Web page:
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Amplification of the Specific Conformational Fluctuation of Proteins by Site-Specific Mutagenesis and Hydrostatic Pressure

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journal contribution
posted on 2022-02-25, 21:33 authored by Takuro Wakamoto, Junya Yamamoto, Sho Senzaki, Reina Koide, Soichiro Kitazawa, Ryo Kitahara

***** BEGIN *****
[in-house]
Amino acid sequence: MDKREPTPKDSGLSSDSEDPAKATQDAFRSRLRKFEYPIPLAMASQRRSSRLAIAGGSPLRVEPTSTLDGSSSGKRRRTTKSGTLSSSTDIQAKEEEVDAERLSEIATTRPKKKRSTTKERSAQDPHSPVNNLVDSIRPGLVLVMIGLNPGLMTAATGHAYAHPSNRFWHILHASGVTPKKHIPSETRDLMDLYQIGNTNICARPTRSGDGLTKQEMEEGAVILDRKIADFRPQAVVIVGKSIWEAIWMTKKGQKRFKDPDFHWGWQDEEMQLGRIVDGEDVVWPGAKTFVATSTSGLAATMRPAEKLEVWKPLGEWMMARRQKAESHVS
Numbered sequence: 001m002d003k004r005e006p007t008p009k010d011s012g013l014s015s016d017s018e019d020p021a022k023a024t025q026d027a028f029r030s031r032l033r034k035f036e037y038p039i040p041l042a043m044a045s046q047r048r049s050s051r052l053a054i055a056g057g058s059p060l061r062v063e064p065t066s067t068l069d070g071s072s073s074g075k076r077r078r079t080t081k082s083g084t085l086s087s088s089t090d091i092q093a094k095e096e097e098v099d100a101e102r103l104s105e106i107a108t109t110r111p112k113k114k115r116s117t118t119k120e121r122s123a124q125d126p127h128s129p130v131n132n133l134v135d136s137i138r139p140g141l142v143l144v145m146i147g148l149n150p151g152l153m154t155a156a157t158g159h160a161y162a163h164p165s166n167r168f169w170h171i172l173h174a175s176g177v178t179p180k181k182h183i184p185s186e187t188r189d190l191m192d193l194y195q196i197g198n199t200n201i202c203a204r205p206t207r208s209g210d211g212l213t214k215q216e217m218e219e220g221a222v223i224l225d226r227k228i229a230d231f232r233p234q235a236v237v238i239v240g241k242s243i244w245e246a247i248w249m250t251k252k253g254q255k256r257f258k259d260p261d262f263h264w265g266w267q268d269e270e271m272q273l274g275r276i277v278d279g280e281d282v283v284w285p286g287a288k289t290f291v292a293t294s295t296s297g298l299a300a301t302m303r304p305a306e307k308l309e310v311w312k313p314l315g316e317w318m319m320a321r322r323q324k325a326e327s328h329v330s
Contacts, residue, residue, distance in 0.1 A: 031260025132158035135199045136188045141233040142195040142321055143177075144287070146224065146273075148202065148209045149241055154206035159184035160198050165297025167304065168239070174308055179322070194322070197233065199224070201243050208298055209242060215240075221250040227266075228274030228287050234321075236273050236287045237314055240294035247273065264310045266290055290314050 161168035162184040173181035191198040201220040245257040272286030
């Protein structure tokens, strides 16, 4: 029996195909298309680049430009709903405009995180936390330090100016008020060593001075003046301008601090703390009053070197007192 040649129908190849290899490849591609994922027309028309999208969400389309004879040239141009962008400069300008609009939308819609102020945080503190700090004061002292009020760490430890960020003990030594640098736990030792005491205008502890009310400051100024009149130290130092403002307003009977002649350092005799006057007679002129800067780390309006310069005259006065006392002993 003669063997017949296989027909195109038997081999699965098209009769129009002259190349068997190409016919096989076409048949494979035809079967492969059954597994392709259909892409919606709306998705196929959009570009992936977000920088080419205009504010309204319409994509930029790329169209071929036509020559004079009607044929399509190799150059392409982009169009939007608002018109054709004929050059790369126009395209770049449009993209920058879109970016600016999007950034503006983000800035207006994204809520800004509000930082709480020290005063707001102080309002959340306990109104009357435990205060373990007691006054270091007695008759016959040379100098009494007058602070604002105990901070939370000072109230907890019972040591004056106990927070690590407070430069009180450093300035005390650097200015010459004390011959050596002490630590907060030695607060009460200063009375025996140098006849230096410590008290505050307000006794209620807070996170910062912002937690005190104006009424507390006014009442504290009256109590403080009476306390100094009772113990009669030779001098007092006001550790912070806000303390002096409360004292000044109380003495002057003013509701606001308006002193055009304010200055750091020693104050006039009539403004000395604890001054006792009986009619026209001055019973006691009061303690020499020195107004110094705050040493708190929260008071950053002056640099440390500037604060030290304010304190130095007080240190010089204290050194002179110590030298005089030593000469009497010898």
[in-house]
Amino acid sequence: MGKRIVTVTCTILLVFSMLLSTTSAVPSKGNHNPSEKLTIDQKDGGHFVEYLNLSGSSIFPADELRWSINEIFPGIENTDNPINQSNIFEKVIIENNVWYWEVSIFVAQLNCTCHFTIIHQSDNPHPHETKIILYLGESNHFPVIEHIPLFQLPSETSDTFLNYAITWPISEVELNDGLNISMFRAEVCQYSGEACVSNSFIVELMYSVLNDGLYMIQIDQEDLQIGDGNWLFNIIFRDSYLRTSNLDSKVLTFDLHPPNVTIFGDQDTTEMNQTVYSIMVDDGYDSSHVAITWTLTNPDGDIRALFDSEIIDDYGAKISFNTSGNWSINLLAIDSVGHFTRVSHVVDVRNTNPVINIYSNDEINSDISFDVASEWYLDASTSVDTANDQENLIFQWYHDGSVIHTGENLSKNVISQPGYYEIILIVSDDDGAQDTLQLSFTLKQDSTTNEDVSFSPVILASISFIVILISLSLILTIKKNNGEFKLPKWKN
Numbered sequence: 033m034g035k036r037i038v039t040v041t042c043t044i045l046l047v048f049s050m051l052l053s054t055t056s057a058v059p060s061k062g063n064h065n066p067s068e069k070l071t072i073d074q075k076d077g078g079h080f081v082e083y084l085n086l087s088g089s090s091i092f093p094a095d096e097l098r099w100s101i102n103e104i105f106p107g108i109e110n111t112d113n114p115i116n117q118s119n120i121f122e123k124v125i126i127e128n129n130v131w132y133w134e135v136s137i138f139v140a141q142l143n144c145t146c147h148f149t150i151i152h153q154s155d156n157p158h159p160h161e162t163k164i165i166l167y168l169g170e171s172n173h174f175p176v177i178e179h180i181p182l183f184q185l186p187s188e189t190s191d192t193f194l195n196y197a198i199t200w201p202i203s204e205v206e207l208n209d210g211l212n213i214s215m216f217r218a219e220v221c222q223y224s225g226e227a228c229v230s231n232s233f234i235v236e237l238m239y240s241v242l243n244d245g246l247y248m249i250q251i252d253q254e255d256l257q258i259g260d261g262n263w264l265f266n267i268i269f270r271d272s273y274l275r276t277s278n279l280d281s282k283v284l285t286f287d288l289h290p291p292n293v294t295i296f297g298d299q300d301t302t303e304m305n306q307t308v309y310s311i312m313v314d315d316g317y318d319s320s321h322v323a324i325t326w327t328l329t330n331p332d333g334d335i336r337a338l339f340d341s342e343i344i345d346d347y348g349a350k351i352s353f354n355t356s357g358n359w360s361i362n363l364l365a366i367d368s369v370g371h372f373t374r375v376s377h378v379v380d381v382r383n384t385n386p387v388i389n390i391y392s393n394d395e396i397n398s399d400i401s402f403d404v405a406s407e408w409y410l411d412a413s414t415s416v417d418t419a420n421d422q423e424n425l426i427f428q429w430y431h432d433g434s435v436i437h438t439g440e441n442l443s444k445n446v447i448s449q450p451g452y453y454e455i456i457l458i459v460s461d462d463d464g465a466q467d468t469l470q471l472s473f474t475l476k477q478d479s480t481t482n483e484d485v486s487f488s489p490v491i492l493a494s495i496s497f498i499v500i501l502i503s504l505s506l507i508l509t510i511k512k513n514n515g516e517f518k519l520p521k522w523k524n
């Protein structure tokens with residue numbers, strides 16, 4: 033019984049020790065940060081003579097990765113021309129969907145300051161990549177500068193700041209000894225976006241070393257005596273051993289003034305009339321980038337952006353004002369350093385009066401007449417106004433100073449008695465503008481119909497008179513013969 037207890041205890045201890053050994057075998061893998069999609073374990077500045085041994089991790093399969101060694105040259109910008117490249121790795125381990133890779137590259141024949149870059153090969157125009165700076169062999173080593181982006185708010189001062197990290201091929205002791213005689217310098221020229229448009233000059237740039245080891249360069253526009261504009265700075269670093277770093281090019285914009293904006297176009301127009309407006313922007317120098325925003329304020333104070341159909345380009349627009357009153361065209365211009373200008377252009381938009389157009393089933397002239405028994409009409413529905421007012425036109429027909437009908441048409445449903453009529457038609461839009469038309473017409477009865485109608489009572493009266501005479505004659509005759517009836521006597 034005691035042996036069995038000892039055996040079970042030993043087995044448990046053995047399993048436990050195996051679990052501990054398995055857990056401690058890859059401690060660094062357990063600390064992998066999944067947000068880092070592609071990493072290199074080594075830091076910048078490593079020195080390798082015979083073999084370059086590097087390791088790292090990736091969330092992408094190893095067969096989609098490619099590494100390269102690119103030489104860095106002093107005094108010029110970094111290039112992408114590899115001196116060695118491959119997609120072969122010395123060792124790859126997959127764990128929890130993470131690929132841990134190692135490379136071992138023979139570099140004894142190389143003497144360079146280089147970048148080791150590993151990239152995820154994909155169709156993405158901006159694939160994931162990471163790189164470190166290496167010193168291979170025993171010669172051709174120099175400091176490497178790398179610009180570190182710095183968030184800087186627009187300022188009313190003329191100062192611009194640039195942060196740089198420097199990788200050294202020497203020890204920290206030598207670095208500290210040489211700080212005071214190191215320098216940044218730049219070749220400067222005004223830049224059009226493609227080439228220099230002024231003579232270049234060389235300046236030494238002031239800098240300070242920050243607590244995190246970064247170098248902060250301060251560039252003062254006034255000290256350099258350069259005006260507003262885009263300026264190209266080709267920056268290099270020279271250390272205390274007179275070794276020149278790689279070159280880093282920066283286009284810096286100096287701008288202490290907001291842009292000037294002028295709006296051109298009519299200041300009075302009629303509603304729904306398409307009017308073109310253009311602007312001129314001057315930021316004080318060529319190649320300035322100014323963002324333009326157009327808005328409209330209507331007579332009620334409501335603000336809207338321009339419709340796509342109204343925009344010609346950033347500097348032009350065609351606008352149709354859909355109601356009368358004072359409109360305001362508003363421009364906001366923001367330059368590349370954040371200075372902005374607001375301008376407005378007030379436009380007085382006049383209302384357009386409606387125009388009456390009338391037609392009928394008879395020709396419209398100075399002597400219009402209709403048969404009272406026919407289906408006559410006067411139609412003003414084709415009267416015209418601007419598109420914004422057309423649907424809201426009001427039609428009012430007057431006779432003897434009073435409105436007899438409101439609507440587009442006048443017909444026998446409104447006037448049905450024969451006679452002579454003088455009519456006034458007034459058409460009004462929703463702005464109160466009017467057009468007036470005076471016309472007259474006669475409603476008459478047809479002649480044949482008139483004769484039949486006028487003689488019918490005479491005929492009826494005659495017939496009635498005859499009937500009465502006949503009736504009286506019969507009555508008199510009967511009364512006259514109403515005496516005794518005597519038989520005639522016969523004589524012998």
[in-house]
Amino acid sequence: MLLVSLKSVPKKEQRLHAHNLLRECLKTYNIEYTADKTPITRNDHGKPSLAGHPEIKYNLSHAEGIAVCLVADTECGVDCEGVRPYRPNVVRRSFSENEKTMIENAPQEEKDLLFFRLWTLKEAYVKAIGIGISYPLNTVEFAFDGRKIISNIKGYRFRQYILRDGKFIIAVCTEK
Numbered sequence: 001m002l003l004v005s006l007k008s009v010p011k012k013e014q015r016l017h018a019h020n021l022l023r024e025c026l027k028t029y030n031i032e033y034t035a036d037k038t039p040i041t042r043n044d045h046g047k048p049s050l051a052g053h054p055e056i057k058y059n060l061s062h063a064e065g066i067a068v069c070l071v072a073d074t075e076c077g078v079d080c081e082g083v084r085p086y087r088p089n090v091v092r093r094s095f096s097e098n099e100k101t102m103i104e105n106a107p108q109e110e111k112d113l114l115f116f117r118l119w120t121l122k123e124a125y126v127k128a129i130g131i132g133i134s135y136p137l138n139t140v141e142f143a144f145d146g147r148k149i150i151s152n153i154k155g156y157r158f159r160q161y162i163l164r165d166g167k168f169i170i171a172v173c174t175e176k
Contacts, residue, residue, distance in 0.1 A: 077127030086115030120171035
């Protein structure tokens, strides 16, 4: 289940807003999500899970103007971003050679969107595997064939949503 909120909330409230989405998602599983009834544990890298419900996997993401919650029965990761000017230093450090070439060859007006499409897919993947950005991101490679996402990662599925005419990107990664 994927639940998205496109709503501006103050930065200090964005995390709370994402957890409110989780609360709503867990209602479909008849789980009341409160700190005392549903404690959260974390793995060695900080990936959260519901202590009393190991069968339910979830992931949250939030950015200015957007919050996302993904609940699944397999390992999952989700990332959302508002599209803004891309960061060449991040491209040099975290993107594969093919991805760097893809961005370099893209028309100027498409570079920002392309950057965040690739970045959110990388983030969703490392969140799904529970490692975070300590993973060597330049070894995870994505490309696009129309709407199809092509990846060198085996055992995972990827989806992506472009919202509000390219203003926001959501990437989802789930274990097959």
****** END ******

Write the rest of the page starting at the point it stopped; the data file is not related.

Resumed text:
Conformational fluctuation, namely, protein interconversion between different conformations, is crucial to protein function. Outer surface protein A (OspA), comprising N- and C-terminal globular domains linked by a central β-sheet, is expressed on the surface of Borrelia burgdorferi, the causative agent of Lyme disease, and recognizes the TROSPA receptor in the tick gut. Solution nuclear magnetic resonance studies have shown that the central β-sheet and C-terminal domain containing TROSPA recognition sites are less stable than the N-terminal domain, revealing an intermediate conformation between the basic folded and completely unfolded proteins. We previously suggested that exposure of receptor-binding sites following denaturation of the C-terminal domain is advantageous for OspA binding to the receptor. Here, we observed amplification of a specific protein fluctuation by pressure perturbation and site-specific mutagenesis. The salt-bridge-destabilized mutant E160D and the cavity-enlarged mutant I243A favored the intermediate. The proportion of the intermediate accounted for almost 100% in E160D at 250 MPa. Strategies using a suitably chosen point mutation with high pressure are generally applicable for amplification of specific conformational fluctuation and potentially improve our understanding of the intermediate conformations of proteins. Knowledge of various conformations, including OspA intermediates, may be useful for designing a vaccine for Lyme disease.